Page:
Judith: You know that Woody Allen quote? "I'm not afraid to die, I just don't want to be there when it happens." What we discovered is that a lot of people do really want to be there when it happens.

Bill: Most of the people whom we talked to wanted to experience the experience, and did not want to be too drugged up. I think that is a mature position. An ordinary person understands that you can't avoid death. But it is how we leave that becomes the source of fear for us.

Judith: We have learned so much about pain and pain management that we once were not that aware of. This is a great country to be sick in but not a great country to have pain in. We have excellent high-tech medicine and if you can be cured, this is where you want to be. But if you're in a lot of pain that's never going to go away, it would be better to be in England, Germany, Japan, or any of the Scandinavian countries. It's not that we don't know how to control pain here, but medication is so highly regulated. How much medication you can have varies from state to state. Your doctor may not have the freedom to medicate you adequately—he might lose his license. So a lot of people die in needless pain. This needs to be addressed culturally as well as personally.

MM: Are you saying that all of us should be preparing ourselves now for the process of dying?

Bill: The primary purpose of this series is to help people get ready for the journey of death as they would prepare for any other trip. The most important thing you can do practically is to sign an advance directive. Assign a health-care proxy. I leave it to you to nurture your soul in the light of what you believe may follow death, but if you don't have an advance directive, getting there may be so painful that you won't be able to enjoy it. You will want to know about pain management, what medication you need, what you can ask for. Before my mother died at 91, I made a lot of mistakes, which I hope this series helps other people avoid.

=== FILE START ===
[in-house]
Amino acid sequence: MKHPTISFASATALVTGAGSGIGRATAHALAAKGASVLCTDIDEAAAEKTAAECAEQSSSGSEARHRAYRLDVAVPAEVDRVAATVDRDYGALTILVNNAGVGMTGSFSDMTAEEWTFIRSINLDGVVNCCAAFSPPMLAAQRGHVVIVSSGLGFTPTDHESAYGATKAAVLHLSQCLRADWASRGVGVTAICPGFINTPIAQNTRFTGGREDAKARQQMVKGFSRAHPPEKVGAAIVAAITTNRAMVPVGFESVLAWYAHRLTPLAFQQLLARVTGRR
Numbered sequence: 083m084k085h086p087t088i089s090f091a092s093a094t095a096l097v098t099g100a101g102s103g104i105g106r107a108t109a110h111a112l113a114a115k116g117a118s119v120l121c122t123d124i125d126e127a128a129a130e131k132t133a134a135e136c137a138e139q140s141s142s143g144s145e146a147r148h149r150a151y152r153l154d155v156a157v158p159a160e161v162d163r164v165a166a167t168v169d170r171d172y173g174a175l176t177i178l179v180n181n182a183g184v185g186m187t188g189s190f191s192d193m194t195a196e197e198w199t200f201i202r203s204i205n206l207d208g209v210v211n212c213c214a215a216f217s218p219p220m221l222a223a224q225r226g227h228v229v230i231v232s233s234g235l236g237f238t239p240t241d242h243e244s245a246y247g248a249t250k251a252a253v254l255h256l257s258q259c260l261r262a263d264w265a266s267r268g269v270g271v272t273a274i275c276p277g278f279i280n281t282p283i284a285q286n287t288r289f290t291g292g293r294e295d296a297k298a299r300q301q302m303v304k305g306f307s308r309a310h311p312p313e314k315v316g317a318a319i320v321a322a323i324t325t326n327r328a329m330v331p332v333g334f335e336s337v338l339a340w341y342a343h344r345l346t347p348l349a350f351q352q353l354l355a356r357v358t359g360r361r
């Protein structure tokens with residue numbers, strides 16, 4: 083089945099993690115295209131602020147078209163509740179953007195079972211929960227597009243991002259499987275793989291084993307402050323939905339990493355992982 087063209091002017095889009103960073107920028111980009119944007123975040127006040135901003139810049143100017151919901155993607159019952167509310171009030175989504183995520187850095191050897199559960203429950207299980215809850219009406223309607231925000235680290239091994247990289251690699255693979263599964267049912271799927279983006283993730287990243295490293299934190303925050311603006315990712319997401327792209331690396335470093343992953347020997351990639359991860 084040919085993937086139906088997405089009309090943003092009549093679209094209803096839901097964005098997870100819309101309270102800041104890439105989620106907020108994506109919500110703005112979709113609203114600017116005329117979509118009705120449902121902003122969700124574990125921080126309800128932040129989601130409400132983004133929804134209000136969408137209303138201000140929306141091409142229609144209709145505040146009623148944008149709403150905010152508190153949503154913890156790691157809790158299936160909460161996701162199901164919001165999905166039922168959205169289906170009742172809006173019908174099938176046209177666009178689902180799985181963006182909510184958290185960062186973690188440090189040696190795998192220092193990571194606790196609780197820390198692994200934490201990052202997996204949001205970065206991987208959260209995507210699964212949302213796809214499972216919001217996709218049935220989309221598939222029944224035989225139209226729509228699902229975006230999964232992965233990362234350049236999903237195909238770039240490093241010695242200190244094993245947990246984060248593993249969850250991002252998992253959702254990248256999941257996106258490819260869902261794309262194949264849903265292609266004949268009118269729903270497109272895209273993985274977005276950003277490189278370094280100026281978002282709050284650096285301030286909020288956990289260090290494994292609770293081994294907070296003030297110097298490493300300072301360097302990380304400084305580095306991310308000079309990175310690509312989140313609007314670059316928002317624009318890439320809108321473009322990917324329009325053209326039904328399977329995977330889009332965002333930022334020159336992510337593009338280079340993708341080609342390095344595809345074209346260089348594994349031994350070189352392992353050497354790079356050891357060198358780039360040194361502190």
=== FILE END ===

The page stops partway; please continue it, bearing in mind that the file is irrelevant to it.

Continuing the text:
Judith: There is such a thing as existential pain, too—and medication to help you deal with that.

MM: Do you mean such drugs as Prozac?

Judith: Yes. Even dying people can benefit from not being depressed. Not every doctor understands that.

MM: On the other hand, strange as it seems, I've personally encountered many people whose mental state actually improved after their doctors gave them a terminal diagnosis.

Judith: Absolutely. Several people told us that this was the best time of their life. One of the men on the program told us that it was not until he could come into contact with the "skeleton" that he was becoming that he began to realize how every day is so precious. He was given a diagnosis of six months, but he lived four years. He said, "If you are told that you will never see spring again, and you live to see spring, spring takes on a whole new life."

MM: It becomes miraculous.

Bill: No matter what we may lose, it is possible to respond to life with tenderness. I think that is the message of the show. It is uncanny to me how we can let the mundane realities of life so deaden and numb us. Just the wonder of being here is so much. I am not sure I would have come to that insight without having done this series.

MM: It seems paradoxical that a show about death can be so uplifting and life-affirming.

Judith: As one of the men we spoke to said, death is like sugar, the element that sweetens life and makes it finite and precious. Too many of us wait to take our sabbaticals, vacations, and so on, until we are terminally ill. We hope that people who are watching this program, regardless of how old they are, will take that to heart and start thinking, "Maybe I should start living in the light of death now before I get to the end."

Mark Matousek's latest book is The Boy He Left Behind: A Man's Search for His Lost Father.